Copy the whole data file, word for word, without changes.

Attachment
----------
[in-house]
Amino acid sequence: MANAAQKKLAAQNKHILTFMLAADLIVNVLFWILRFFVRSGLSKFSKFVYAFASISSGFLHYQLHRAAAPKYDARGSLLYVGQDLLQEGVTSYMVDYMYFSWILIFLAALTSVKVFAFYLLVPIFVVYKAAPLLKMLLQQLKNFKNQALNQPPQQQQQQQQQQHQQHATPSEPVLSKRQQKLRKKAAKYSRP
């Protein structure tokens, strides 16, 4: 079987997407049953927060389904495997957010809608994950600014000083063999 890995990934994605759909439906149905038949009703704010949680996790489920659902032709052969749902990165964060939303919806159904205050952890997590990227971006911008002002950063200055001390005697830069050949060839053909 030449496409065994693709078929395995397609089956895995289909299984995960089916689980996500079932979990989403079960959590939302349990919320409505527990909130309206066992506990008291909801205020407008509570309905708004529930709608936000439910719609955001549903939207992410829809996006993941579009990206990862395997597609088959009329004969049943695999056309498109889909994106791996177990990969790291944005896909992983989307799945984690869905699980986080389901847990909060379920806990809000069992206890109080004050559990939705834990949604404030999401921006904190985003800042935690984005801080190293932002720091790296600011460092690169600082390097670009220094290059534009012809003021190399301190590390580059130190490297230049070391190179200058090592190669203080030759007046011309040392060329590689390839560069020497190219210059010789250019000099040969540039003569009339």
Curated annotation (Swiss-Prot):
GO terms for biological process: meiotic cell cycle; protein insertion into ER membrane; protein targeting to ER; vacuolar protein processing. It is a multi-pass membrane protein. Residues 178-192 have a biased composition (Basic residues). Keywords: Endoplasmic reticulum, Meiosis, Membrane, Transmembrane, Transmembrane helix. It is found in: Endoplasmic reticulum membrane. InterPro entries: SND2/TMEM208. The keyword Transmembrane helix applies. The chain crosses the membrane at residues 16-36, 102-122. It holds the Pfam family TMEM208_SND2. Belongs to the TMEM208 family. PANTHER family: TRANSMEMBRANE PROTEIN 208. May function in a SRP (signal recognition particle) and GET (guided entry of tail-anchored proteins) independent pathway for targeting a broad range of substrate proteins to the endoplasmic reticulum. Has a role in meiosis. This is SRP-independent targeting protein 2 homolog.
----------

[in-house]
Amino acid sequence: MANAAQKKLAAQNKHILTFMLAADLIVNVLFWILRFFVRSGLSKFSKFVYAFASISSGFLHYQLHRAAAPKYDARGSLLYVGQDLLQEGVTSYMVDYMYFSWILIFLAALTSVKVFAFYLLVPIFVVYKAAPLLKMLLQQLKNFKNQALNQPPQQQQQQQQQQHQQHATPSEPVLSKRQQKLRKKAAKYSRP
């Protein structure tokens, strides 16, 4: 079987997407049953927060389904495997957010809608994950600014000083063999 890995990934994605759909439906149905038949009703704010949680996790489920659902032709052969749902990165964060939303919806159904205050952890997590990227971006911008002002950063200055001390005697830069050949060839053909 030449496409065994693709078929395995397609089956895995289909299984995960089916689980996500079932979990989403079960959590939302349990919320409505527990909130309206066992506990008291909801205020407008509570309905708004529930709608936000439910719609955001549903939207992410829809996006993941579009990206990862395997597609088959009329004969049943695999056309498109889909994106791996177990990969790291944005896909992983989307799945984690869905699980986080389901847990909060379920806990809000069992206890109080004050559990939705834990949604404030999401921006904190985003800042935690984005801080190293932002720091790296600011460092690169600082390097670009220094290059534009012809003021190399301190590390580059130190490297230049070391190179200058090592190669203080030759007046011309040392060329590689390839560069020497190219210059010789250019000099040969540039003569009339």
Curated annotation (Swiss-Prot):
GO terms for biological process: meiotic cell cycle; protein insertion into ER membrane; protein targeting to ER; vacuolar protein processing. It is a multi-pass membrane protein. Residues 178-192 have a biased composition (Basic residues). Keywords: Endoplasmic reticulum, Meiosis, Membrane, Transmembrane, Transmembrane helix. It is found in: Endoplasmic reticulum membrane. InterPro entries: SND2/TMEM208. The keyword Transmembrane helix applies. The chain crosses the membrane at residues 16-36, 102-122. It holds the Pfam family TMEM208_SND2. Belongs to the TMEM208 family. PANTHER family: TRANSMEMBRANE PROTEIN 208. May function in a SRP (signal recognition particle) and GET (guided entry of tail-anchored proteins) independent pathway for targeting a broad range of substrate proteins to the endoplasmic reticulum. Has a role in meiosis. This is SRP-independent targeting protein 2 homolog.